A new cellular and molecular map of the human heart provides never-before-seen details that could make a big impact on patient care.
An international research team collaborated on the project, sharing its work in Nature. The group analyzed nearly 500,000 individual cells, completing what they are calling “the most extensive draft cell atlas to date of the human heart.”
The map is so detailed, in fact, that it can predict how various cardiac cells will communicate with one another at any given moment.
The ultimate goal is to use this map—part of the ongoing Human Cell Atlas initiative—to learn more about the heart and improve the treatment of a variety of cardiac ailments. For instance, the map’s detailed view of the heart’s blood vessels could help researchers learn new information about what they go through when a person has coronary heart disease.
“Millions of people are undergoing treatments for cardiovascular diseases,” co-senior author Christine E. Seidman, MD, a professor at Harvard Medical School and cardiovascular geneticist at Brigham and Women’s Hospital, said in a prepared statement. “Understanding the healthy heart will help us understand interactions between cell types and cell states that can allow lifelong function and how these differ in diseases. Ultimately, these fundamental insights may suggest specific targets that can lead to individualized therapies in the future, creating personalized medicines for heart disease and improving the effectiveness of treatments for each patient.”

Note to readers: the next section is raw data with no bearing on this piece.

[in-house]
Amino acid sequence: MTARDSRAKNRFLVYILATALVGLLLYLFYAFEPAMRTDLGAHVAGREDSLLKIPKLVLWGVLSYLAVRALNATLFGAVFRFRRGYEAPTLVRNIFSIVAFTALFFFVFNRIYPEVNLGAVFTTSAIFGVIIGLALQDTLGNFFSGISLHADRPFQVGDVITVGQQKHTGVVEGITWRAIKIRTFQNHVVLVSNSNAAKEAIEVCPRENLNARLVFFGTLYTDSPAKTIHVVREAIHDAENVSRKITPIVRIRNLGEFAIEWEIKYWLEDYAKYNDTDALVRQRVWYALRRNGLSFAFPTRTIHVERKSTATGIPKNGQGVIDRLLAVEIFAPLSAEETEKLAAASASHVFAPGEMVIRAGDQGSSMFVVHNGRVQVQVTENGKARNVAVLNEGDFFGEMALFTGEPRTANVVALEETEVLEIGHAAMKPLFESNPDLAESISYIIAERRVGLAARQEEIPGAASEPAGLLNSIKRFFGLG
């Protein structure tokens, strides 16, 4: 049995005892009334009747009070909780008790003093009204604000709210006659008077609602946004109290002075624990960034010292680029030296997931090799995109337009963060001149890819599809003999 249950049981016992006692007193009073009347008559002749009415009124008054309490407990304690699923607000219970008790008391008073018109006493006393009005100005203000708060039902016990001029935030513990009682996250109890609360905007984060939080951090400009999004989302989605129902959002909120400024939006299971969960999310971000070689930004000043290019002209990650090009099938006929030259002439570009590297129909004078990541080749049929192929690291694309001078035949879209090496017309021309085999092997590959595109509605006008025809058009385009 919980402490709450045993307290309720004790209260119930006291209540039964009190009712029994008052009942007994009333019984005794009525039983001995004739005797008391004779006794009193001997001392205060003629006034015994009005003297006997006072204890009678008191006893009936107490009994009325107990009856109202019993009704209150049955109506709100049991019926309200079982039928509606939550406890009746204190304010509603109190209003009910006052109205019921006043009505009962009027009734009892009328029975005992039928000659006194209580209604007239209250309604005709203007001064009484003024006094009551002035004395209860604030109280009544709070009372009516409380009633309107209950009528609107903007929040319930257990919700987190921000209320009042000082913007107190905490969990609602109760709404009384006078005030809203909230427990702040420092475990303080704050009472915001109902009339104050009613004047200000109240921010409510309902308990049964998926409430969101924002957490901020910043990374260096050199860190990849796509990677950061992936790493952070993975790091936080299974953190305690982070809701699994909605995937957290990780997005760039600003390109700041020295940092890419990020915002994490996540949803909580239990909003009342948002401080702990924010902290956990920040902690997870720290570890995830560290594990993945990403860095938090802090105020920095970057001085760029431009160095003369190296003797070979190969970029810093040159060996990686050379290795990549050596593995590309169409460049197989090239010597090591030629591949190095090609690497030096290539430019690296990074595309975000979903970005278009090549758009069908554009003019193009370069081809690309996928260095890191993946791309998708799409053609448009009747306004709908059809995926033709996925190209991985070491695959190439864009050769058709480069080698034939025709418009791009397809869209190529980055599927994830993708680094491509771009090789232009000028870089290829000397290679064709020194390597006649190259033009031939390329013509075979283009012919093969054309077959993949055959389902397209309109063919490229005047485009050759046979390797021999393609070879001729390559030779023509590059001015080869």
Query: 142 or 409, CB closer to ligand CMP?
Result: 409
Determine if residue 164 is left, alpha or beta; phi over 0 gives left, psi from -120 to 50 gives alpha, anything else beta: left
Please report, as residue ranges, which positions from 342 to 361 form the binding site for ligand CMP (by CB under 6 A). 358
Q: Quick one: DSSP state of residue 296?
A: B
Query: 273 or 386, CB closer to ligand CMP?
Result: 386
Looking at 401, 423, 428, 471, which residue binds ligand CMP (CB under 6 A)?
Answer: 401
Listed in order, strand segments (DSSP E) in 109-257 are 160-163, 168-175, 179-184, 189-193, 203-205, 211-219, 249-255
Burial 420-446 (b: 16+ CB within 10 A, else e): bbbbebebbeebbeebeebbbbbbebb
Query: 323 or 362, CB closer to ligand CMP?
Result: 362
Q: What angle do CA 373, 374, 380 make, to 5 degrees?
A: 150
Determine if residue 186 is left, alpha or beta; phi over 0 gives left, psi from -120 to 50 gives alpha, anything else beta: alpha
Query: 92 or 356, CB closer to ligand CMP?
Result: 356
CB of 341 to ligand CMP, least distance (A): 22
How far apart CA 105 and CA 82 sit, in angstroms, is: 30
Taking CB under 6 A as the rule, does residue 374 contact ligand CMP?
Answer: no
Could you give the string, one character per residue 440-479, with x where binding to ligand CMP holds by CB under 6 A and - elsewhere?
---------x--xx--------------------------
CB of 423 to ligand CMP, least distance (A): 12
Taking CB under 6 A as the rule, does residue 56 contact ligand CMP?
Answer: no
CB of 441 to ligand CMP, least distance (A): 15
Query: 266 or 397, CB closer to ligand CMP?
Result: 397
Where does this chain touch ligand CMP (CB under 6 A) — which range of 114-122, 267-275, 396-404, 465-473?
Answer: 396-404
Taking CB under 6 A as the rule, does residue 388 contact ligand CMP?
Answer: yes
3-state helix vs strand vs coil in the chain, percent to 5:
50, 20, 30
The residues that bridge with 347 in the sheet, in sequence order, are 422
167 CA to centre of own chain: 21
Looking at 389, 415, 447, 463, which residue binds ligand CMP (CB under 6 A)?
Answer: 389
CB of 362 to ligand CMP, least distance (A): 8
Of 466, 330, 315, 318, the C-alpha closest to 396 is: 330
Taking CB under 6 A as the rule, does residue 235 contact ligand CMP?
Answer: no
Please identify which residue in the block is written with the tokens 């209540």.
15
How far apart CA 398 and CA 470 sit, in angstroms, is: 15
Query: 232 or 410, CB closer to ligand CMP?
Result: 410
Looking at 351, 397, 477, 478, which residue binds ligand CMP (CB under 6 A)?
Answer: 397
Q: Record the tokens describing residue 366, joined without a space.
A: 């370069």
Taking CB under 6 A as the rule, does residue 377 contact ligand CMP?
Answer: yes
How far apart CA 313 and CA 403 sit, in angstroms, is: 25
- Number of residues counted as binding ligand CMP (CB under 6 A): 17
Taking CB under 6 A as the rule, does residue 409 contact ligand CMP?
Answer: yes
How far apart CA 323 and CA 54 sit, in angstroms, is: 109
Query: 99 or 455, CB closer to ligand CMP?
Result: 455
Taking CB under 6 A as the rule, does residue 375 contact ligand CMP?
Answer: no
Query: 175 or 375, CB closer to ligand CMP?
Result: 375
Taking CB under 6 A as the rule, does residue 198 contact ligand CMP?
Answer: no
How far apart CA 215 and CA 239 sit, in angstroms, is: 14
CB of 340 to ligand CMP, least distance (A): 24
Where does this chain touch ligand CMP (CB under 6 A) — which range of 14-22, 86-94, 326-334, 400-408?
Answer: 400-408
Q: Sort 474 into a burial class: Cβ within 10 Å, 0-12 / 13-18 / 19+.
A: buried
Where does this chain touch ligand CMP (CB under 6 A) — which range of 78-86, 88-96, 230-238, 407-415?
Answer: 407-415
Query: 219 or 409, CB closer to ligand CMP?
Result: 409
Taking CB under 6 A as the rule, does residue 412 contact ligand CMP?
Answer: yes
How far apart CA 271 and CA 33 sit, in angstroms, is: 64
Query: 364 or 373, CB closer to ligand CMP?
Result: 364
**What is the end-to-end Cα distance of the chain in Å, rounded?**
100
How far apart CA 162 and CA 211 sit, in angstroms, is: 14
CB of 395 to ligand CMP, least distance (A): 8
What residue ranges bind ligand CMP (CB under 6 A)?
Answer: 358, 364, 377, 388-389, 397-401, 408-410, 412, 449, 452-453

“This project marks the beginning of new understandings into how the heart is built from single cells, many with different cell states,” added co-first author Daniel Reichart, MD, a research fellow in genetics at Harvard Medical School. “With knowledge of the regional differences throughout the heart, we can begin to consider the effects of age, exercise and disease and help push the field of cardiology toward the era of precision medicine.”
The team even examined one of the biggest topics facing cardiology today: COVID-19’s short-term, and long-term, impact on the heart.
“We mapped the cardiac cells that can be potentially infected by SARS-CoV-2 and found that specialized cells of the small blood vessels are also virus targets,” co-senior author Michela Noseda, a lecturer at Imperial College London, said in the same statement. “Our datasets are a goldmine of information to understand subtleties of heart disease.”
Click here to read more about this powerful map in Nature.